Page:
No. I don't use git and as I said, I don't know what is going on (only that it smells like a kipper behind a radiator). The mod (at present) replaces the core dispatcher so can't really be integrated with the production version. That's not to say you couldn't put a debug switch in if you are so inclined. However, if the cache is broken (and we all suspect it is), then it is up to the core team to sort out such a fundamental issue (or at least respond to my post with an explanation)
I've already posted a version of the benchmarking mod on this thread
http://www.concrete5.org/community/forums/customizing_c5/slow-site1... (although it doesn't have the numbering) to try and figure out what is going on with that poor devils site.
And if you ever do get a github account it's at
Conspiracy? No. Apathy?. Yes.
Unfortunately, the file-based caching of the Zend Framework really doesn't work well for the number of objects that we're trying to stick in it. So we're going to take a different approach for the next major release of concrete5 (one that people probably would say we should have taken all along.)
1. Remove the usage of Zend Cache for all but a few small things (e.g. caching remote information about the picture of the day.) The library remains for applications and sites that need it.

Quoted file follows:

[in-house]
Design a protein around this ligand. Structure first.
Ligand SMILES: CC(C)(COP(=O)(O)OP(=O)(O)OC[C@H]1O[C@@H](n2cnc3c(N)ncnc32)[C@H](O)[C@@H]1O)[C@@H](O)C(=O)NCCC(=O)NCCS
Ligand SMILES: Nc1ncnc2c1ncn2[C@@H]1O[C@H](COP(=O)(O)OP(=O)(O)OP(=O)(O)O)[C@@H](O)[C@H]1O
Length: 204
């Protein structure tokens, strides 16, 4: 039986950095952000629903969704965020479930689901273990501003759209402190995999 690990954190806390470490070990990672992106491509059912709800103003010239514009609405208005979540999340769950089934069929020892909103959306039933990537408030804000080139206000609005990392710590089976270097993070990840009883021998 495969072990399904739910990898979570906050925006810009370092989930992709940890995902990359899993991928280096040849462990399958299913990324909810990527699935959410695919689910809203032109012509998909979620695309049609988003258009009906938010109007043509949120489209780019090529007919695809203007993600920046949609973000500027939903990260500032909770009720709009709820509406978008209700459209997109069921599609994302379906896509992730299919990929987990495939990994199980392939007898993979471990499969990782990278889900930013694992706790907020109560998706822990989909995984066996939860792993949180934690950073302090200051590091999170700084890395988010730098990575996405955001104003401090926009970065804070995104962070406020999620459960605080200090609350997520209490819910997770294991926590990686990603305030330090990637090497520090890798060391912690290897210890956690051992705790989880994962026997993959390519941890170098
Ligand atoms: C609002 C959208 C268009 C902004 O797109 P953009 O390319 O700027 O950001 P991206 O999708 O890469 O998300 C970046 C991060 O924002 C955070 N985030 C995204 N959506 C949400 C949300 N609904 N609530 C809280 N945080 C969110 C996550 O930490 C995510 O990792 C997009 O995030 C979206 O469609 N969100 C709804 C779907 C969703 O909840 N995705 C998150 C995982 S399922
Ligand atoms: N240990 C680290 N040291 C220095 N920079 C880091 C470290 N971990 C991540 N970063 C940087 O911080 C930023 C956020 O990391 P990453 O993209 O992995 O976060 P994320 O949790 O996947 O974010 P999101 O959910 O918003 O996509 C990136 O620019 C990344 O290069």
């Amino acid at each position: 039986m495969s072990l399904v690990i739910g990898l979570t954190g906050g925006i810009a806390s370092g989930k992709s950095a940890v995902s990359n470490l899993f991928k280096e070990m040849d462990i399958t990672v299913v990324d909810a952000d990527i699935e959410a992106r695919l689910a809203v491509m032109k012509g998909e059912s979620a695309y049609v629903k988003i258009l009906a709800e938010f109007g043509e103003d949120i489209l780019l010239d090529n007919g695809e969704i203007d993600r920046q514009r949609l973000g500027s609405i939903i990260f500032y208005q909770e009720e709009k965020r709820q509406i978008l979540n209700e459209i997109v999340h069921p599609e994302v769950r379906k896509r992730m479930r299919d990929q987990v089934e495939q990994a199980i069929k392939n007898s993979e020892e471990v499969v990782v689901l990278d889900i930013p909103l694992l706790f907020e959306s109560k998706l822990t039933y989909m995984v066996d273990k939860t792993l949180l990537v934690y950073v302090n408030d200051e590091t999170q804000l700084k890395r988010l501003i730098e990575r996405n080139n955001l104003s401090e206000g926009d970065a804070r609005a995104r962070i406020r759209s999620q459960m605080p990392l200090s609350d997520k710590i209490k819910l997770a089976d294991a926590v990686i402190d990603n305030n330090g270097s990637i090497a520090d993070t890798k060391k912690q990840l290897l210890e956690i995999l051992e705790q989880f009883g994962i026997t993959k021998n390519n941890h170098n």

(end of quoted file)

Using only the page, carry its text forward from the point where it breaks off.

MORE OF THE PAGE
2. Use in-memory once-per-request caching frequently, to ensure that the same database queries aren't repeated during a given request.
3. Try and actually reduce the number of queries that concrete5 runs. This is part of the "First make it work, then make it fast" philosophy: we've spent a lot of time on the "make it work" part - now comes the second part.
4. For block caching, store the fragments in the database instead of in Zend Cache. (Note: this might slightly reduce performance for systems that use APC Zend Caching, but it will improve performance for the 99.9% of sites that stick to the defaults.)
5. Make our full page caching fire much, much earlier in the process (e.g. if a page is in the full page cache, no database connection is made, and the page is retrieved before loading 99% of concrete5's code.)
6. Minor optimizations throughout.
If this sounds good to you, you might consider checking out the 5.7-performance branch. There are a lot of things happening in it. It's not production stable nor is there really that much to see in it. But under the hood things are happening.
That's great. But what about the ones that are suffering now? (and additionally, the many like me that cannot upgrade if/when there is one because the upgrade is also broken).
Are you saying that you acknowledge there is or has always been a problem with the cache and now understand what the issues are? What is your comment on the questions I raised? What is the "technical" explanation of why the cache can cause a site not to respond for 10s of seconds and deteriorates with time?
I really don't want to have to reverse engineer your whole caching system just so that I can help others when you know it inside out already and aren't! Throw us a bone here!
into their config/site.php.